Can you recognise these septuagenarians and correlate with the archived photos above?

12 thoughts on “Memories of Sainik School Amaravathi Nagar Band

  1. Great old photos. I love the information about the triangle. Now that’s one instrument I could learn how to play. When I have been to classical music concerts here in the UK I have often wondered whether the percussionists whacking drums and tinkling various other instruments, including the triangle, every now and again get paid as much as the violinists who play more or less all the time.

    Liked by 1 person

  2. Respect for our seniors like Abe Jacob & Nair for the memories of school band . Thank the author for this chapter which is so authentic and true ; as if it is the years 1971-79.

    Liked by 1 person

  3. Well written. Brings back lots of memories. Being in the 1968-75, group remember the members, who were the seniors and our own Capt. Prakasam(roll no 630) .
    Kudos to all the band members and the author

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  4. 🌺🌅🇮🇳💂 Wonderful reflections of AMARAVIAN BAND GROUP. Always nostalgic to think of those cadets days in SSA.
    Praying for our batch GJC DEC 2021 to go through which was already postponed twice ‼️ With BEST WISHES.🌷🙏

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  5. Great memories. I was roll no 643 when I joined school in July 62 and later reassigned R no 49M as it was called them. The sounds of Reveille or the last post still rings. We entered as kids wet behind the ears and came out as Boys ready to face the world with confidence. Abe’s and Ravi’s picture are great.

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  6. Lovely reminiscences of our School Band under the able tutelage of Mr Goodu Sahib.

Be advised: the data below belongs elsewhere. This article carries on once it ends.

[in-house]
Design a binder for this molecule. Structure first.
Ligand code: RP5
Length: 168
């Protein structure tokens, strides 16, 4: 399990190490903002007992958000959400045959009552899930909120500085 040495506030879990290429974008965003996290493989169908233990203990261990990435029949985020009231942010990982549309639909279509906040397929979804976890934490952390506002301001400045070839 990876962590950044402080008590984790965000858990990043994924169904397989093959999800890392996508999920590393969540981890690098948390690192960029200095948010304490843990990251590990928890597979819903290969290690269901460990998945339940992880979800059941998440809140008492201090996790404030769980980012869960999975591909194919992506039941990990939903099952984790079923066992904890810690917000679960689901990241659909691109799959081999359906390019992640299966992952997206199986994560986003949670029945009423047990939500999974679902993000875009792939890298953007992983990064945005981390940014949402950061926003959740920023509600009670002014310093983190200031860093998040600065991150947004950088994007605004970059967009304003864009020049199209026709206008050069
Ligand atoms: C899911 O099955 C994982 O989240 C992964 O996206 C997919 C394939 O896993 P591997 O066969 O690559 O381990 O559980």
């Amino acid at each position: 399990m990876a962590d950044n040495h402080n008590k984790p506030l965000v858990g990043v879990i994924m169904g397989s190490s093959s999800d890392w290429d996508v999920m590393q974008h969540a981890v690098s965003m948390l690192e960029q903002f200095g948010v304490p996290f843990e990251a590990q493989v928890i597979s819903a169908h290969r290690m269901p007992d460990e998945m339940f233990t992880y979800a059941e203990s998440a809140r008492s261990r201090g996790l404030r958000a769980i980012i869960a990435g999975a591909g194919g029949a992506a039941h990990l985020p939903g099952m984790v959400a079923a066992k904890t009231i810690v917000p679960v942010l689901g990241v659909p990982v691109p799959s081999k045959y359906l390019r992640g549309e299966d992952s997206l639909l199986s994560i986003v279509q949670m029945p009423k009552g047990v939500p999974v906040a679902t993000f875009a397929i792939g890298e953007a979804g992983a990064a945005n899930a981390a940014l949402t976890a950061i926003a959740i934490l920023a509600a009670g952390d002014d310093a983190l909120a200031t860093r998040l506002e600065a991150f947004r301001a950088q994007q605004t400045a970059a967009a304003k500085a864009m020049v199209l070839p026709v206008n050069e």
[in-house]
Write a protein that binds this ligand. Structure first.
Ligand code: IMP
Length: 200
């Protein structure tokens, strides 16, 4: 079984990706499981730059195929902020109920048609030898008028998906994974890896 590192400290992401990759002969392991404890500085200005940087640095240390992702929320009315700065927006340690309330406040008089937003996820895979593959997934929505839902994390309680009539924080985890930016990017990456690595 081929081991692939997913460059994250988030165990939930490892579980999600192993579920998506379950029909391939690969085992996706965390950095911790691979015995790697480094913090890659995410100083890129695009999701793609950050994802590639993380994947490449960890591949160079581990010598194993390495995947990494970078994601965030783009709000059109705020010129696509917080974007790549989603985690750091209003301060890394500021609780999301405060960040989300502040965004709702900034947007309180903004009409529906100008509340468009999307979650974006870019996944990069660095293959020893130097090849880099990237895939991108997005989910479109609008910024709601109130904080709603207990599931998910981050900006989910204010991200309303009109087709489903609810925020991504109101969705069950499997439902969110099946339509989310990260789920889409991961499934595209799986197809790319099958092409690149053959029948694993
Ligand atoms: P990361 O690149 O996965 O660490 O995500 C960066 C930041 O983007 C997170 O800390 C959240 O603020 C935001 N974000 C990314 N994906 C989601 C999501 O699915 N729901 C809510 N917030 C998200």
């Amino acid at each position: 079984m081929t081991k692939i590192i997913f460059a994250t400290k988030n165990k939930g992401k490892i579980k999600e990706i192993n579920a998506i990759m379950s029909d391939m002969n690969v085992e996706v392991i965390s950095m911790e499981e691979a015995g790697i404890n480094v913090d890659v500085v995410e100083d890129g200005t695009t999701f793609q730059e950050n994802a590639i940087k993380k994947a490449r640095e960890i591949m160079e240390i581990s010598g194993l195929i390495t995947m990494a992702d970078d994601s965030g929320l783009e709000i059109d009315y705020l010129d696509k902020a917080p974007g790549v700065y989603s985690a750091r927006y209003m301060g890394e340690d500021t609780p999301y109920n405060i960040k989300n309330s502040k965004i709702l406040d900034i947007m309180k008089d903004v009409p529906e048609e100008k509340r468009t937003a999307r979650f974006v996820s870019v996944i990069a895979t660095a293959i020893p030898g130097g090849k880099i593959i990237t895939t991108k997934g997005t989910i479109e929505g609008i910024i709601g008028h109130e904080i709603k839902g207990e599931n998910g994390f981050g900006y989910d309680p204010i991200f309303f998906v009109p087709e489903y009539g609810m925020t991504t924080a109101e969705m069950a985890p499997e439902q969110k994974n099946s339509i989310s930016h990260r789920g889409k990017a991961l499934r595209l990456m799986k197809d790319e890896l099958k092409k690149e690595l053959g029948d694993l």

Classic pics of Dr Abe Jacob and Col Ravi Nair blowing their bugles as Cadets and also their dashing present versions. Also the pic of Goodu Sahib playing the Pipes after Dinner Night.

    The soul stirring notes of Reville and Retreat sounded by our School Buglers echo in our ears to this day! Grateful to Cdr Parrat, Dr Abe, Col Ravi Nair and Col T Ravi for their interesting insights about their days with the Band. Along with Capt Gnanaprakasham, S Venkata Subramani (the Shotput Champ and Smule Singer) also played the Bass Drum. Gnanashekar and Dr Nambi of our batch were good Buglers.
    Thank you Col Reji for this amazing platform. Looking forward to more anecdotes from our alumni

    Liked by 1 person

    • How on earth did I omit to mention No 575 , P Rajarajan who was versatile with all musical instruments…. the drums, bugles et al, he was the Number One Bagpiper in our School Band. He used to strum his guitar in his room enthralling all his friends. Gnanadesikan used to play the side drums


  7. I thought his name Goodu Sahib. for me is the Ustad who taught me most of what still practice as his protegé. the day i was appointed BagPipe Senior by him is the best recognition i received in SSA. he was the most patient teacher, well, as patient as my Art Guru: Mr AKR Varma.

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  8. i think i am the luckiest guy on the planet when it came to having a dedicated Music Maestro as my Guru: HavMaj GudduSaahib taught me everything i still know about playing the Chanter, BagPipes (which is a lot more than fingering the Chanter!), TinWhistle, Bugle, Harmonium, and also the SideDrum!

    Liked by 1 person